The Newsfeed for this EOL Taxon Page gathers updates associated with items shown on it, including curator actions and comments from EOL users.

Add a new comment

Newsfeed

  • Profile picture of Tracy  Barbaro who took this action.

    Tracy Barbaro selected "Centruroides gracilis" to show in Overview on "Centruroides gracilis".

    7 days ago

  • Profile picture of Tracy  Barbaro who took this action.

    Tracy Barbaro selected "Centruroides gracilis" to show in Overview on "Centruroides gracilis".

    7 days ago

  • Profile picture of Marie Studer who took this action.

    Marie Studer set "Scorpion!" as an exemplar on "Centruroides hentzi".

    11 days ago

  • Profile picture of Marie Studer who took this action.

    Marie Studer changed the thumbnail image of "Scorpion!".

    11 days ago

  • Profile picture of Marie Studer who took this action.

    Marie Studer changed the thumbnail image of "Centruroides gracilis".

    11 days ago

  • Profile picture of Marie Studer who took this action.

    Marie Studer set "File:Aoûtat.jpg" as an exemplar on "Trombiculidae".

    11 days ago

  • Profile picture of Marie Studer who took this action.
  • Profile picture of Marie Studer who took this action.
  • Profile picture of Marie Studer who took this action.

    Marie Studer selected "Latrodectus geometricus" to show in Overview on "Latrodectus geometricus C. L. Koch, 1841".

    11 days ago

  • Profile picture of Thomas Karrer who took this action.

    Thomas Karrer commented on "Sympetrum":

    I am wondering according to what criteria Linnaeus named the genus Sympetrum. It goes back to the 10th edition of the Systema Naturae. Is there a clue to be found in the Greek root and prefix, like "to be on rocks"? Or would that be a far of the track reasoning? Concerning this inquiry the British Dragonfly Society was very helpful (thanks to Claire Install and Dave ........) and gave me some interessting background information. Actually its all getting rather complicated. Here the quotation of one part of the mail: Odonata - http://www.listbot.com/cgi-bin/subscriber On 3 Mar 99, at 14:34, Rudolf Vos wrote: > Another fact I remember from my lessons. The part of the word that should be > emphasised is the third from the right (how should I say that in proper > English?). So, it will be > Les'tes > Cordilu'gaster > Somato'chlora (although almost everyone says Somatochlo'ra in The Netherlands) > Sym'petrum (although almost everyone says Sympe'trum in The Netherlands) > etc. Ah, but Donald Borror has rules to deal with this! The emphasis is on the antepenultimate syllable _unless_: a) The word contains only two syllables b) The penultimate syllable contains a diphthong (e.g. Nymph-ae'-a) c) The vowel in the penult is followed by 'x' or 'z' (e.g. Co-rix'-a) d) The vowel in the penult is long, which may depend on the derivation of the word and the vowel pronunciation in the language of derivation; whence follows a long list of situations in which the vowel should be long. e) The vowel in the penult is short and followed by two consonants, except a mute followed by 'l' or 'r' (e.g. Cor-e-op'-sis, but Ge-om'-et-ra) Somatochlora would be pronounced with the emphasis on the penult, because the 'o' in 'chlora' is considered (by Borror, at least) to be long (rule d). Corduligaster would be pronounced with the emphasis on the penult, because of the 'st' combination (rule e). Sympetrum is a tougher problem. Is the 'e' long or short? That depends on the derivation of the word (rule d). Some say it is from the Greek "sym - petrum," meaning "same stone" (I think this is from Needham, though I can't find the reference at the moment). Jaeger, in _A Source-book of Biological Names and Terms_, says it is derived from the Greek "symp- etrum," meaning "squeezed-together [constricted? flattened?] abdomen." Jaeger indicates that the 'e' in 'etron' should be long; hence, "symp-e'-trum" (long 'e') would be correct (rule d). However, in _An Introduction to the Study of Insects_, Borror gives the pronunciation "sym-pet'-rum (short 'e', but accent on the penult), presumably based on Needham's derivation ("same stone"), though this seems to violate his rule e above, which suggests it should be pronounced "sym'-pe-trum" As to Libellula, he gives the pronunciation "li-bel'-lu-la" because a 'u' in the penult is long _except_ when followed by an 'l'. Hence, the 'u' in Libellula is short ("li-bel'-yuh-la" not "li-bel-you'-la"). However, Ischnura is "isch-nyou'- ra." Here's another hot pronunciation question for discussion. Borror indicates in his pronunciation guides that words derived from Latin ending in -ata, - atus, or -atum have a long 'a'; hence, the accent would be on the penult (example: "ma-cu-la'-ta" with a long 'a' in the penult). However, the penultimate 'a' is short in Greek plurals (e.g. "e-chi-no-der'-ma-ta"). So, if Odonata is from the Greek for "tooth," how come it isn't pronounced "o-don'- a-ta"? Terry Morse tmorse@teleport.com * A foolish consistency is the hobgoblin of little minds. -- Emerson End of the quotation. Its quite amazing since I had a look into the 10th edition of "Systema Naturae" and could not come up with one clue on the 3 pages covering "neuroptera".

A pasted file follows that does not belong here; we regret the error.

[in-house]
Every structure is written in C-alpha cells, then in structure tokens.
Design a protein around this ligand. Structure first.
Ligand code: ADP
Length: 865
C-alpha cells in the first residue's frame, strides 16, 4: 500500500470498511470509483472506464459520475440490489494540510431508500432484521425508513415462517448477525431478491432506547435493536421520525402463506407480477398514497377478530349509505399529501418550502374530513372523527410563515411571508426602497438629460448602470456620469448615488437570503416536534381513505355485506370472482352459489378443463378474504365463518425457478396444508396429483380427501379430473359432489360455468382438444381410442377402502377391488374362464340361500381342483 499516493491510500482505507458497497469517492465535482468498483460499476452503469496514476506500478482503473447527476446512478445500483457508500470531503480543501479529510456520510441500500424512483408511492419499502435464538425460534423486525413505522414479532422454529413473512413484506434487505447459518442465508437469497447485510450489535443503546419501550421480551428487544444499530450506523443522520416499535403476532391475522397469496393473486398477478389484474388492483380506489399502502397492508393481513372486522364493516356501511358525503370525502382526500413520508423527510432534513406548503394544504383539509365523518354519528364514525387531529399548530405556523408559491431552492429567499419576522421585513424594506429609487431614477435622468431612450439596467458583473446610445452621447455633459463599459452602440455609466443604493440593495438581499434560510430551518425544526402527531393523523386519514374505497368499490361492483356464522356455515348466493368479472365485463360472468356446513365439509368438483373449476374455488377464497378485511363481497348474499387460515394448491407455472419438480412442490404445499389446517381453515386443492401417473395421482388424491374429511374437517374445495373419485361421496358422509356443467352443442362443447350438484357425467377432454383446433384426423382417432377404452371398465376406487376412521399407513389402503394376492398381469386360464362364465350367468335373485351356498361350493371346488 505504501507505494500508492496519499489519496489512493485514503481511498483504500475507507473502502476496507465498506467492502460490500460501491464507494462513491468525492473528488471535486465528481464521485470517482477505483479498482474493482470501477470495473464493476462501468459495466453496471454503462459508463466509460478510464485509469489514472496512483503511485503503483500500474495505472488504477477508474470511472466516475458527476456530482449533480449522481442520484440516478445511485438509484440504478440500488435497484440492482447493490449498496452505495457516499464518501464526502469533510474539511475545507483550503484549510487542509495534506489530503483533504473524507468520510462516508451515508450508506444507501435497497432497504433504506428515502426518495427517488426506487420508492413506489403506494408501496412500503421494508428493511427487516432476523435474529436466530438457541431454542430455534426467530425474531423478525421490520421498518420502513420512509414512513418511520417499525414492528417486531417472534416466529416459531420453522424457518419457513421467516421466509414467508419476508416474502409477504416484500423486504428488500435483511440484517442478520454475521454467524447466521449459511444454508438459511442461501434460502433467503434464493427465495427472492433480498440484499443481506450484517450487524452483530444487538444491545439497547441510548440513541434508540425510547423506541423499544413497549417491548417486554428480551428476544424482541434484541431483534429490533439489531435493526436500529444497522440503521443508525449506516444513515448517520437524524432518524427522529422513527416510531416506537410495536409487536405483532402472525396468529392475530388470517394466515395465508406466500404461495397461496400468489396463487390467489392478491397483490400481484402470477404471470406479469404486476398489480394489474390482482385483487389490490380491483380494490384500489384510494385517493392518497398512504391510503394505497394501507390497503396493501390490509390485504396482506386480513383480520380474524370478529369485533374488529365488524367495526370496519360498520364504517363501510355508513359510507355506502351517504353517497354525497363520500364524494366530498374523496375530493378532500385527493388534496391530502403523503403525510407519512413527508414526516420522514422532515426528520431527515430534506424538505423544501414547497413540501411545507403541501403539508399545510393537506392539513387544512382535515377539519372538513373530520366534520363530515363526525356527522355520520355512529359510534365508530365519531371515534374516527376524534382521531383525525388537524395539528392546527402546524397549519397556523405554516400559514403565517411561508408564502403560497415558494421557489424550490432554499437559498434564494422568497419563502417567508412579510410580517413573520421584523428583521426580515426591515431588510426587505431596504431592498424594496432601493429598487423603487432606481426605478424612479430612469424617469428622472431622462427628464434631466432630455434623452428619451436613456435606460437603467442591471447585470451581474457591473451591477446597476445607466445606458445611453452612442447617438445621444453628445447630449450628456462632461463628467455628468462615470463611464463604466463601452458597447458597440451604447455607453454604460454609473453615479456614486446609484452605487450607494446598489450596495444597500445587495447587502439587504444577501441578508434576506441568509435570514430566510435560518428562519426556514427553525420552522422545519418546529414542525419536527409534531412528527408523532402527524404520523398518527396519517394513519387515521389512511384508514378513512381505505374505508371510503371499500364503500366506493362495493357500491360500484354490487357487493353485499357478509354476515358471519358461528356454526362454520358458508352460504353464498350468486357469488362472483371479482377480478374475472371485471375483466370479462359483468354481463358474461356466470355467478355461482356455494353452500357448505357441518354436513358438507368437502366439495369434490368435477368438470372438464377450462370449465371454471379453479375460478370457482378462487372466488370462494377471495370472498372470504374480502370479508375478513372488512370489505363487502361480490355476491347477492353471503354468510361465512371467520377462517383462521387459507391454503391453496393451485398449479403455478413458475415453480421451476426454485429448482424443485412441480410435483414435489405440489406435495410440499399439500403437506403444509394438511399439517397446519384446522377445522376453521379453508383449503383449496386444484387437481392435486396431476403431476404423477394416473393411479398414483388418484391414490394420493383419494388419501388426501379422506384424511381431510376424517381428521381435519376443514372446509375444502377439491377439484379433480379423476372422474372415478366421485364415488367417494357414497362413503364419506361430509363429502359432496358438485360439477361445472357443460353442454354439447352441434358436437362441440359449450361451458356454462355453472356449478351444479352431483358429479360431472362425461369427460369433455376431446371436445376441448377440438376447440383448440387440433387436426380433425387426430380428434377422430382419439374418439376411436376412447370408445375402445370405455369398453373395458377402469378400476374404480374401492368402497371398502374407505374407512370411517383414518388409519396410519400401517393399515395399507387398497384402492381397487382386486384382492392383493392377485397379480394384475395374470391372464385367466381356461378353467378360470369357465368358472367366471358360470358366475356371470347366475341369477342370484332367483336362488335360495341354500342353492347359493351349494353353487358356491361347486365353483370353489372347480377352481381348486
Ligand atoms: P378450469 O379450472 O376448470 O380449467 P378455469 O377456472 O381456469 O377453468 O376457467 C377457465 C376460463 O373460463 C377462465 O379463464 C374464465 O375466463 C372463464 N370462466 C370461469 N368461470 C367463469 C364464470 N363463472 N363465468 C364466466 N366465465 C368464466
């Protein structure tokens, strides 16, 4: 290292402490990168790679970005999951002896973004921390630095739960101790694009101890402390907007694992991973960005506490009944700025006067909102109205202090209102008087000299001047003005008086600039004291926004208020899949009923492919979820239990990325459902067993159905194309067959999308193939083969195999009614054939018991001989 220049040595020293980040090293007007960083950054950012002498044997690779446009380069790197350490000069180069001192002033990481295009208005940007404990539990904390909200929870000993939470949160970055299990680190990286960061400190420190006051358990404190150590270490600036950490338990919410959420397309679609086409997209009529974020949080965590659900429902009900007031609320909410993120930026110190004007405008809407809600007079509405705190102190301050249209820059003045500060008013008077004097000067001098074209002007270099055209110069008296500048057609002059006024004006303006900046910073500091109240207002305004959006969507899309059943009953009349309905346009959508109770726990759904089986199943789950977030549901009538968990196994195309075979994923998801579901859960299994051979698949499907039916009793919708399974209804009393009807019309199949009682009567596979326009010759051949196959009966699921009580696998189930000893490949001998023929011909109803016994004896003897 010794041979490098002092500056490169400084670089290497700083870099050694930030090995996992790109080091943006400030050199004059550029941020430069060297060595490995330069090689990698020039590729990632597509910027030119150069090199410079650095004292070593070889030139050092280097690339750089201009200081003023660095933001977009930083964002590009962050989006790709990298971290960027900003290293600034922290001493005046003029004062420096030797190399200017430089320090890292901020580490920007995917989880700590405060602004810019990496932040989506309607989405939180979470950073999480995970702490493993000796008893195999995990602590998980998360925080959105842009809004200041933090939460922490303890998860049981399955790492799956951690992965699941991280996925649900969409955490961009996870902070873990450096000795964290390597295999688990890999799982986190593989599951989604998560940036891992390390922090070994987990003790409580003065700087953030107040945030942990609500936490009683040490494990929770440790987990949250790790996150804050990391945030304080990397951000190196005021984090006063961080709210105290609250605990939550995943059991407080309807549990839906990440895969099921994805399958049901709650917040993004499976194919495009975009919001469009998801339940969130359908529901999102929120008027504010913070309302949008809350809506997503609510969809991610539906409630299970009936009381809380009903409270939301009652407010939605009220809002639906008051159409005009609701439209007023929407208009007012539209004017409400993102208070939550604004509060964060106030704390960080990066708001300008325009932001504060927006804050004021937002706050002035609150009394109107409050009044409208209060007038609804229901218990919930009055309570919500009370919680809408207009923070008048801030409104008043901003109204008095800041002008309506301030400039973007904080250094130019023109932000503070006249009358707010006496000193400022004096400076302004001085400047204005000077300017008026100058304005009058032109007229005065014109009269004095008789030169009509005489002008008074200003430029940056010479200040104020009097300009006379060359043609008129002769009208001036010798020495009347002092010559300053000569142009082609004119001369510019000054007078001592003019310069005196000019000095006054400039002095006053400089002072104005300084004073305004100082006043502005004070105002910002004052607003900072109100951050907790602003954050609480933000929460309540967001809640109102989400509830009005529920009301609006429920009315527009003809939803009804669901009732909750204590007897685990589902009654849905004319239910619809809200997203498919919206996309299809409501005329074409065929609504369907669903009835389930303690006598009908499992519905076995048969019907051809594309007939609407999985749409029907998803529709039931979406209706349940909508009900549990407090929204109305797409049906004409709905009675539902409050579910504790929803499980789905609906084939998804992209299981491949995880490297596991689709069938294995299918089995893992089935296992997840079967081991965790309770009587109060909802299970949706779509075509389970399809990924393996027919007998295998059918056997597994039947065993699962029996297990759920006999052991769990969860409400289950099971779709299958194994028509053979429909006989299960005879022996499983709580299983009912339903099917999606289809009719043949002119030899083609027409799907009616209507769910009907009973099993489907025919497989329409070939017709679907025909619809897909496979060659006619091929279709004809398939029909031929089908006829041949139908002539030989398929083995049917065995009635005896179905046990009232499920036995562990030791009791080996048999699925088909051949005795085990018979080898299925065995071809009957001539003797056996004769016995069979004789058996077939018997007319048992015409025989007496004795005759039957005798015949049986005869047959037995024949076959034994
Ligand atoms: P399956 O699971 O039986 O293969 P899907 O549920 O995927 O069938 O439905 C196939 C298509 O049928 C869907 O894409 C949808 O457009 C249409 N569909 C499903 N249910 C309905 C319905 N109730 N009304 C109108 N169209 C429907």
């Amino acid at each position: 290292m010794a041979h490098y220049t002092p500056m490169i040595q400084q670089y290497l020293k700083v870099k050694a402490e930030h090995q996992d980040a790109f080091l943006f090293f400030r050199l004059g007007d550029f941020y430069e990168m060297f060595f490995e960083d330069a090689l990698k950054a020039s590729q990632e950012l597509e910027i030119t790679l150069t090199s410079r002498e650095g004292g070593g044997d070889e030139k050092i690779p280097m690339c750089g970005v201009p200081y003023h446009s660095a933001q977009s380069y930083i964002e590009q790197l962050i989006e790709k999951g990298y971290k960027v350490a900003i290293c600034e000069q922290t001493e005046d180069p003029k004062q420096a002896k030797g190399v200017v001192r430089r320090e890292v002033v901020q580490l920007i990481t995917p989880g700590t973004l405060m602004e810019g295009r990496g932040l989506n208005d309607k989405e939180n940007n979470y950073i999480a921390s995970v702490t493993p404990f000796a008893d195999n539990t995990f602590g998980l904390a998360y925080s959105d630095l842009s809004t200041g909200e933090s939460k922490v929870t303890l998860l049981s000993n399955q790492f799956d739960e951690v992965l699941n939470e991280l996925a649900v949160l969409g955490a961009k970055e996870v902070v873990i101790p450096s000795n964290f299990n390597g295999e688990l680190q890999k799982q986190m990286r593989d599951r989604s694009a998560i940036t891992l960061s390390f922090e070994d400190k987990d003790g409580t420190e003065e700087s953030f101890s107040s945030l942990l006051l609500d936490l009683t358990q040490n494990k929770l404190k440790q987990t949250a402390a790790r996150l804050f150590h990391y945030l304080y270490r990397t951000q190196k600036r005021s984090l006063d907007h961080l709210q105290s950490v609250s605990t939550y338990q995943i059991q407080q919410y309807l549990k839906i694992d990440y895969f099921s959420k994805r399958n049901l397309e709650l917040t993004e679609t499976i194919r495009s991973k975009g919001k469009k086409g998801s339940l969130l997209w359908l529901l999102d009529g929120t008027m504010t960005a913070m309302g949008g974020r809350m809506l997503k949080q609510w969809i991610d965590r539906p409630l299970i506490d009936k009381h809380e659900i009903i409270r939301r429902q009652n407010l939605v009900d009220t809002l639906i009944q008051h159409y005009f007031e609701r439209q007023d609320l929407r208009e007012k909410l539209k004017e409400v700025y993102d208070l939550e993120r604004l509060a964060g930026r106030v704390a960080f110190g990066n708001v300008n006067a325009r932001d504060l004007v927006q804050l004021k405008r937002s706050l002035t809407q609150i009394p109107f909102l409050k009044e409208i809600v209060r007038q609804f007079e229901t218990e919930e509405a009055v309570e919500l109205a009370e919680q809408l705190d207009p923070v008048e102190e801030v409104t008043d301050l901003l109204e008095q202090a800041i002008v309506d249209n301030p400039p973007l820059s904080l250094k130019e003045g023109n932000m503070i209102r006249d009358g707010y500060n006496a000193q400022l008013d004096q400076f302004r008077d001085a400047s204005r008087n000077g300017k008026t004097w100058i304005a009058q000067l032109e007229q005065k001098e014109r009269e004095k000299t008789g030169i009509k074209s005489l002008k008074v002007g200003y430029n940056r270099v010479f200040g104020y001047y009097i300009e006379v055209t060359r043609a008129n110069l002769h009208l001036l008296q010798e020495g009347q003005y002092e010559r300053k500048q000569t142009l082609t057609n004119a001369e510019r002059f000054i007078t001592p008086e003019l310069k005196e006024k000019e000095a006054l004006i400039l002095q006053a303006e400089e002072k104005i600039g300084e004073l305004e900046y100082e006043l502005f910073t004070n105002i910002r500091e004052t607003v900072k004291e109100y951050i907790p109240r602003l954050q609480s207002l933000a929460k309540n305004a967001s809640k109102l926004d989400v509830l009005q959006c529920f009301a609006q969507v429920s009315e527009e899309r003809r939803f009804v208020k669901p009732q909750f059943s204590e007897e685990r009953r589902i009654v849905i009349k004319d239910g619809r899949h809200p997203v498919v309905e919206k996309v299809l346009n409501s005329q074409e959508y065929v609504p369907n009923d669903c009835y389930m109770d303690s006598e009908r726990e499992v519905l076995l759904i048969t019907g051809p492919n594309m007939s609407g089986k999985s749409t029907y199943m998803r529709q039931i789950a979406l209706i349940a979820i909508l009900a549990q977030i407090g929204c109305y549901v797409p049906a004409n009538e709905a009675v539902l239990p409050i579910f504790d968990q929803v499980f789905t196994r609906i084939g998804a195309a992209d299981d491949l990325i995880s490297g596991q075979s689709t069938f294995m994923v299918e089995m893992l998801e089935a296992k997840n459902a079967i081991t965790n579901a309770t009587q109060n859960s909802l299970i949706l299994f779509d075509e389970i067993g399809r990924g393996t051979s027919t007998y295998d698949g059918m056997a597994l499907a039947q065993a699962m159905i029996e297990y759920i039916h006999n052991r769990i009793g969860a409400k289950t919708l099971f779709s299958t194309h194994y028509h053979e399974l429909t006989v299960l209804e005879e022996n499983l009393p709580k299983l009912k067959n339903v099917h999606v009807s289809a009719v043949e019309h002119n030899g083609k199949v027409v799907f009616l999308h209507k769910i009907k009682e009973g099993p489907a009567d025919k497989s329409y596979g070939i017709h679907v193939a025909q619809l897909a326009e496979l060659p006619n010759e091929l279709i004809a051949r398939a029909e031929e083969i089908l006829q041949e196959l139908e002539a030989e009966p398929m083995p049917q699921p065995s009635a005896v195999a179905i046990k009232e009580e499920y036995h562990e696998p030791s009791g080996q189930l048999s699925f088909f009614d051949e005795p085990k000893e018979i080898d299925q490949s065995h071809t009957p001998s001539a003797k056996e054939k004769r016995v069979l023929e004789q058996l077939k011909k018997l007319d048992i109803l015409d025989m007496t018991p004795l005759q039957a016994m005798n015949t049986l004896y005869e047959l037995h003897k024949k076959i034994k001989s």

11 days ago • edited: 6 days ago

Disclaimer

EOL content is automatically assembled from many different content providers. As a result, from time to time you may find pages on EOL that are confusing.

To request an improvement, please leave a comment on the page. Thank you!